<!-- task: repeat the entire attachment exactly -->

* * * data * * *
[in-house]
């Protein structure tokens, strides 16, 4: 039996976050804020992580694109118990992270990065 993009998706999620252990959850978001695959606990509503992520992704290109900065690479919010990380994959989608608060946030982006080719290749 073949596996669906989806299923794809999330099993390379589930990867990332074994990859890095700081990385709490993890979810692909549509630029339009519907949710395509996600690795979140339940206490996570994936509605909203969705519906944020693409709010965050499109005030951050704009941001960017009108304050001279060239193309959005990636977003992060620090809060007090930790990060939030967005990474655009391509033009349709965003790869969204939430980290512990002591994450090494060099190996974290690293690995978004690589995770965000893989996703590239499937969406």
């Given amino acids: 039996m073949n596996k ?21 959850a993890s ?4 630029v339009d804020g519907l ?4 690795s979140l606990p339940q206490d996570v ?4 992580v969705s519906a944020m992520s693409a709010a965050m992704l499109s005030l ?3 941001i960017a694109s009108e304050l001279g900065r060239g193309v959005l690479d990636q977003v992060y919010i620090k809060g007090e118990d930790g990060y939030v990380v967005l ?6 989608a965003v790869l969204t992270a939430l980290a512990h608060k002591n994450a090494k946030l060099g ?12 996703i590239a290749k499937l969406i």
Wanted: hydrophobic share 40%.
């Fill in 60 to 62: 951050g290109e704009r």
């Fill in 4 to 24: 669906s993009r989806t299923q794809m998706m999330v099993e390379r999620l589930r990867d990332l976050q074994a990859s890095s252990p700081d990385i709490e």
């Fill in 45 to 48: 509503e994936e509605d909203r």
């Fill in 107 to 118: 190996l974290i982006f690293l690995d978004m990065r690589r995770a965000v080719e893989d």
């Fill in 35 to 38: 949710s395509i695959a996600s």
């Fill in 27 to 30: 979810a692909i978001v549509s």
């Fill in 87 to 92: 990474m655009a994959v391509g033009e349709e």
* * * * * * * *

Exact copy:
[in-house]
């Protein structure tokens, strides 16, 4: 039996976050804020992580694109118990992270990065 993009998706999620252990959850978001695959606990509503992520992704290109900065690479919010990380994959989608608060946030982006080719290749 073949596996669906989806299923794809999330099993390379589930990867990332074994990859890095700081990385709490993890979810692909549509630029339009519907949710395509996600690795979140339940206490996570994936509605909203969705519906944020693409709010965050499109005030951050704009941001960017009108304050001279060239193309959005990636977003992060620090809060007090930790990060939030967005990474655009391509033009349709965003790869969204939430980290512990002591994450090494060099190996974290690293690995978004690589995770965000893989996703590239499937969406």
């Given amino acids: 039996m073949n596996k ?21 959850a993890s ?4 630029v339009d804020g519907l ?4 690795s979140l606990p339940q206490d996570v ?4 992580v969705s519906a944020m992520s693409a709010a965050m992704l499109s005030l ?3 941001i960017a694109s009108e304050l001279g900065r060239g193309v959005l690479d990636q977003v992060y919010i620090k809060g007090e118990d930790g990060y939030v990380v967005l ?6 989608a965003v790869l969204t992270a939430l980290a512990h608060k002591n994450a090494k946030l060099g ?12 996703i590239a290749k499937l969406i």
Wanted: hydrophobic share 40%.
């Fill in 60 to 62: 951050g290109e704009r």
């Fill in 4 to 24: 669906s993009r989806t299923q794809m998706m999330v099993e390379r999620l589930r990867d990332l976050q074994a990859s890095s252990p700081d990385i709490e």
């Fill in 45 to 48: 509503e994936e509605d909203r």
């Fill in 107 to 118: 190996l974290i982006f690293l690995d978004m990065r690589r995770a965000v080719e893989d």
């Fill in 35 to 38: 949710s395509i695959a996600s």
């Fill in 27 to 30: 979810a692909i978001v549509s």
């Fill in 87 to 92: 990474m655009a994959v391509g033009e349709e």